4. Build their trust: For a new customer, shopping online can be daunting and often a matter of trust. You can build that trust by fulfilling your promises, but for new customers, make sure to share real experiences of customers gone before.
5. Get them back: Keep in touch with emails, social media, and SMS. Tempt your customer back with new products and new offers, but always back it up with a fresh new look. Your homepage is your shop window, it has to look new and exciting every time. Otherwise, they won't want to walk through the door.
If there were one part of the ecommerce website development process you would have spent 50% more time on, what would it be and why?
Scarlett: I think there is always room for improvement. We built our store during the lockdown. We had certain restrictions and time restraints to work around, so there are things we know we would have spent more time on if it were possible. But that's not to say we haven't made up for it since. We are constantly evolving our site, monitoring stats, listening to feedback, and just doing things that we know will improve the user experience.
Can you share a few examples of tools or software that you think can dramatically empower emerging ecommerce brands to be more effective and more successful?
Niki: Our platform is built on Shopify. As non-technical people, we have obviously had help, but generally, Shopify and its partners make everything easy. From Shopify email helping us manage our marketing emailers, Sparklayer automating our trade account business, Shoelace making sure we recapture all our potential customers to Shipeasy calculating our shipping rates across America. These are all huge and normally time-consuming tasks that are, on the whole, done automatically without too much effort at all.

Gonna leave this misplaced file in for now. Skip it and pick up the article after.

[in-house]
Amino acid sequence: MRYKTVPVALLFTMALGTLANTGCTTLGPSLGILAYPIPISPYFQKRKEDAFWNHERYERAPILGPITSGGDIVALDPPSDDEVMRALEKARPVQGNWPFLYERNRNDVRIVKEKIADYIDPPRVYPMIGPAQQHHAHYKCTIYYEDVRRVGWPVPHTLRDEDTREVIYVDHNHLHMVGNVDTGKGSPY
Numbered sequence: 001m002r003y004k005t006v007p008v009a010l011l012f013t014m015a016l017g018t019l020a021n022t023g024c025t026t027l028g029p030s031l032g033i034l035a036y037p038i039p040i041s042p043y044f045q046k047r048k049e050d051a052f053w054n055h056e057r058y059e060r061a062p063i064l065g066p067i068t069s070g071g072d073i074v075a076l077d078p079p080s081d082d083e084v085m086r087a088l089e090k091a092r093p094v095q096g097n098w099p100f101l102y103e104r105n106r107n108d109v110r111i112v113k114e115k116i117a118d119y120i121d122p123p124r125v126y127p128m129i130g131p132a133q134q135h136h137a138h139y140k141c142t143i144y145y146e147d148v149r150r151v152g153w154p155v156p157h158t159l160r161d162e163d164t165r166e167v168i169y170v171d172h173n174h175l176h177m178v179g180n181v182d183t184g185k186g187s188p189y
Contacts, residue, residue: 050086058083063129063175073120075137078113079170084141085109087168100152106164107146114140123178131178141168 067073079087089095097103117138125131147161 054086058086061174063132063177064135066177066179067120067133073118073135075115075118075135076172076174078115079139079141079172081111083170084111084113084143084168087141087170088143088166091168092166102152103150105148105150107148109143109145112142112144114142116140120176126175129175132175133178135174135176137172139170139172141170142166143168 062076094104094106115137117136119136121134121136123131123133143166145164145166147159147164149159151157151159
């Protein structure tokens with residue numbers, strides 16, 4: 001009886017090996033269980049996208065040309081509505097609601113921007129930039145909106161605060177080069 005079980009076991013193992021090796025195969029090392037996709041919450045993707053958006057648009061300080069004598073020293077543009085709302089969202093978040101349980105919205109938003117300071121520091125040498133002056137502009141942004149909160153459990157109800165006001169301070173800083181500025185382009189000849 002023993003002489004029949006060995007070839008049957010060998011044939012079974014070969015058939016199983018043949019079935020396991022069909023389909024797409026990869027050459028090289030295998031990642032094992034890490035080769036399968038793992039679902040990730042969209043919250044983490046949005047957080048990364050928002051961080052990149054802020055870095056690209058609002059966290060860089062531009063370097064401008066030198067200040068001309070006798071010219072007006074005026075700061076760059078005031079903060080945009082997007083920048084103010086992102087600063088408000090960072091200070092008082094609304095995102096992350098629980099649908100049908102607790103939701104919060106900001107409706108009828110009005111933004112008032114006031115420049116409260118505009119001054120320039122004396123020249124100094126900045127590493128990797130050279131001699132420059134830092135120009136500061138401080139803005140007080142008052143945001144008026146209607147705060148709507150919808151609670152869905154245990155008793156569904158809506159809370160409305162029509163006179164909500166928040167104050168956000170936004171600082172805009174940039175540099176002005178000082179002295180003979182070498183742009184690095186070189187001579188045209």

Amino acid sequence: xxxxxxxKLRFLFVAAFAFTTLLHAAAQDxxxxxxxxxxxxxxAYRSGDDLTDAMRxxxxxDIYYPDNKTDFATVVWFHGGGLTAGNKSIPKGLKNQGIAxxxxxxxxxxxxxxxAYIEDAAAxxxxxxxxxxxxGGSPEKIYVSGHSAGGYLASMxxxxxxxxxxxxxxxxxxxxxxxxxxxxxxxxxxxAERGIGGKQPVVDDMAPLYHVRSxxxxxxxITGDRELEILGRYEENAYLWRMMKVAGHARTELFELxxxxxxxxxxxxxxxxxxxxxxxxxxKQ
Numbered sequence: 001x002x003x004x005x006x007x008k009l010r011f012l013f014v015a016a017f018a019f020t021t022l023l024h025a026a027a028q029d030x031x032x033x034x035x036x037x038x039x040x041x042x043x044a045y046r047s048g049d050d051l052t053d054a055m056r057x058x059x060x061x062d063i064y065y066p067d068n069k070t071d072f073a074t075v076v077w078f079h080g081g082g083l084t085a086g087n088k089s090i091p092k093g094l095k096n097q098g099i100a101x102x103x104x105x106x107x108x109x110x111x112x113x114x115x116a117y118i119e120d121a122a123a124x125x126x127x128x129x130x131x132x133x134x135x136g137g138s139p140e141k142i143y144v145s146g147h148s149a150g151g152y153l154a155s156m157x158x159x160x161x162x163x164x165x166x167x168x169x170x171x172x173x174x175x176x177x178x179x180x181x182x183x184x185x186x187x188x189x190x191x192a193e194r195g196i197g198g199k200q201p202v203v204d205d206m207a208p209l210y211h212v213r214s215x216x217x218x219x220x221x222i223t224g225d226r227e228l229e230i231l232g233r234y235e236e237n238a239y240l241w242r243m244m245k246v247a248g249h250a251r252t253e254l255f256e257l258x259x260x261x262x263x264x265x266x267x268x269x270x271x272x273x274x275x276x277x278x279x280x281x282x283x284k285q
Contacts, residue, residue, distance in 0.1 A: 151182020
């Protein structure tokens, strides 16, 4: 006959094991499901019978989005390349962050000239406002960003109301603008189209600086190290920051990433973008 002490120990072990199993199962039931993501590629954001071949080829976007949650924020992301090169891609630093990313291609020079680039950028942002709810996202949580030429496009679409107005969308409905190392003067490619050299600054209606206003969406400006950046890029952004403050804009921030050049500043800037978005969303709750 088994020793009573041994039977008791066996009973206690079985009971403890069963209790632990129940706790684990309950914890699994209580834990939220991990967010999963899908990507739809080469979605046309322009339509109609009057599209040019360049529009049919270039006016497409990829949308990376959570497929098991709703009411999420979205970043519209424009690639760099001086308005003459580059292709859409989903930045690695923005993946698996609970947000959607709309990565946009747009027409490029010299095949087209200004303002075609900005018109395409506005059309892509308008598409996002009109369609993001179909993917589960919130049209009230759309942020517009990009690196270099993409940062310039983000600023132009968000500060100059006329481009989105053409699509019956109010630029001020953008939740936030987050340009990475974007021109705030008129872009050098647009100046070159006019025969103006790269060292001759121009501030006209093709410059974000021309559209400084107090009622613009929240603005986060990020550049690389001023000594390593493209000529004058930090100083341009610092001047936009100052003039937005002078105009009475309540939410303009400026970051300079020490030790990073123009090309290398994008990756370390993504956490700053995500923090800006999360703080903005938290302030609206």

What are the most common mistakes you have seen CEOs and founders make when they start an ecommerce business? What can be done to avoid those errors?
Niki: They either don't stand out enough, or they try too hard and lose focus on their main goal.
Too often, I see ecommerce businesses launch, and I'm not sure if I've seen them before or if they're just a copy version of another site. Adversely I've seen other businesses so focused on being different that I'm not even sure what they're trying to sell. I think the five things above should almost go unnoticed. If your site is working hard for you, then the thing your customers see and remember should be your product.
In your experience, which aspect of running an ecommerce brand tends to be most underestimated? Can you explain or give an example?
Scarlett: Running an ecommerce brand with all the tools and automation available means you can achieve a lot more with a lot less than you normally would with a brick-and-mortar store. However, your store may be online only, but your customers are real! There is a person behind every sale, and the service you should offer means a lot more work than can be expected... and often, it is erratic. One day you could have very little to do, and the next, you could be inundated with inquiries.
If you could start a movement that would bring the most amount of good to the most people, what would that be?
Both: This may seem ironic, but I think we both agree we'd reduce the reliance the population has on social media. Our experience both in business and in our personal lives is that it is more anti-social. It distorts reality, distorts people's personalities, and it removes genuine interaction between human beings. We see very few pros versus cons. Whilst this may seem a negative proposition, it comes from a very positive desire. A desire for people to recognize people. To treat others how they would wish to be treated and just like we do with our customers, remember there is a real person with real feelings living a real life, and nobody should be able to or feel they need to hide behind a faceless and unreal persona.